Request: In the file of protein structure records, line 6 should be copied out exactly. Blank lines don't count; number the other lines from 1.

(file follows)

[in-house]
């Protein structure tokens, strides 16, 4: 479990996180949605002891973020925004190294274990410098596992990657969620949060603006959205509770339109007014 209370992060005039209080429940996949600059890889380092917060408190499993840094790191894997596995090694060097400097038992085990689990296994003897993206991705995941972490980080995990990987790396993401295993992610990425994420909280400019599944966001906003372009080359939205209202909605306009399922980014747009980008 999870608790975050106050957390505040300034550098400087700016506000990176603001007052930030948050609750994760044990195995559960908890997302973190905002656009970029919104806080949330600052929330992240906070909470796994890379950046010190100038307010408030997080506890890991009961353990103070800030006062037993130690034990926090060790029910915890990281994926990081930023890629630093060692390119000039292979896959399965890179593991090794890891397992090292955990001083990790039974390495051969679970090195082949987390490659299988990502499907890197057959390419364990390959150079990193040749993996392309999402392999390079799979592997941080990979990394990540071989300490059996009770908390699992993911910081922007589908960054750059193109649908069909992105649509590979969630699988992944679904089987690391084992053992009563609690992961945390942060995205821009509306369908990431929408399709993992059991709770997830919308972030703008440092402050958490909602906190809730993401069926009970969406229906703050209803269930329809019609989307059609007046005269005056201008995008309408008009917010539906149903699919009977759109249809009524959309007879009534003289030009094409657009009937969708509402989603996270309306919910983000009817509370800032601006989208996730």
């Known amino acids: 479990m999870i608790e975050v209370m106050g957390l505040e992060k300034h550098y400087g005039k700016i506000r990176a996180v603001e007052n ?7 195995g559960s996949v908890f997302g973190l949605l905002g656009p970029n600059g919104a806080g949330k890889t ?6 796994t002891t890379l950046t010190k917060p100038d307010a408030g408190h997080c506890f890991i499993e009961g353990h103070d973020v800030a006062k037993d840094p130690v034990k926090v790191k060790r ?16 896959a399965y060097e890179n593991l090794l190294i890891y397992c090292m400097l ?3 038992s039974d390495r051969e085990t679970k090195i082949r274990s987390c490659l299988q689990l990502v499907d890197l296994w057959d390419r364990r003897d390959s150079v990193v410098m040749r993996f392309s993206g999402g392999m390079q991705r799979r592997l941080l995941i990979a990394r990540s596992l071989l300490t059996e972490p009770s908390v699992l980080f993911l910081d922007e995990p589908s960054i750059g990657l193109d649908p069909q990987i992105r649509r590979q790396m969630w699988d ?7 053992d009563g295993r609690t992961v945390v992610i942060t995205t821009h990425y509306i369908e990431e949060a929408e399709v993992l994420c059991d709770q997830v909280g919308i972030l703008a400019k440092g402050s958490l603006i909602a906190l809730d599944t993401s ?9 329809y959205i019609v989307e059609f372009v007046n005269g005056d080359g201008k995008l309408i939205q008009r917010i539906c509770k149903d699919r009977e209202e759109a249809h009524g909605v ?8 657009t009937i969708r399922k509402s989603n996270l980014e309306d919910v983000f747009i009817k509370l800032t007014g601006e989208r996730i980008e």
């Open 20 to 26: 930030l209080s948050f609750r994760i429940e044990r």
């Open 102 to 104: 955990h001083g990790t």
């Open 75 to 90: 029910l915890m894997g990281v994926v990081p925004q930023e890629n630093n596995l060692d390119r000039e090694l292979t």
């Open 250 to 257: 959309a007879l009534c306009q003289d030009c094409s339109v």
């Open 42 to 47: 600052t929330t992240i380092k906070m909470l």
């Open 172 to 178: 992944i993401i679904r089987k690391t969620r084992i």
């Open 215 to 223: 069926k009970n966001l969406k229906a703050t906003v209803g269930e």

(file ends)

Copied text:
């Open 75 to 90: 029910l915890m894997g990281v994926v990081p925004q930023e890629n630093n596995l060692d390119r000039e090694l292979t």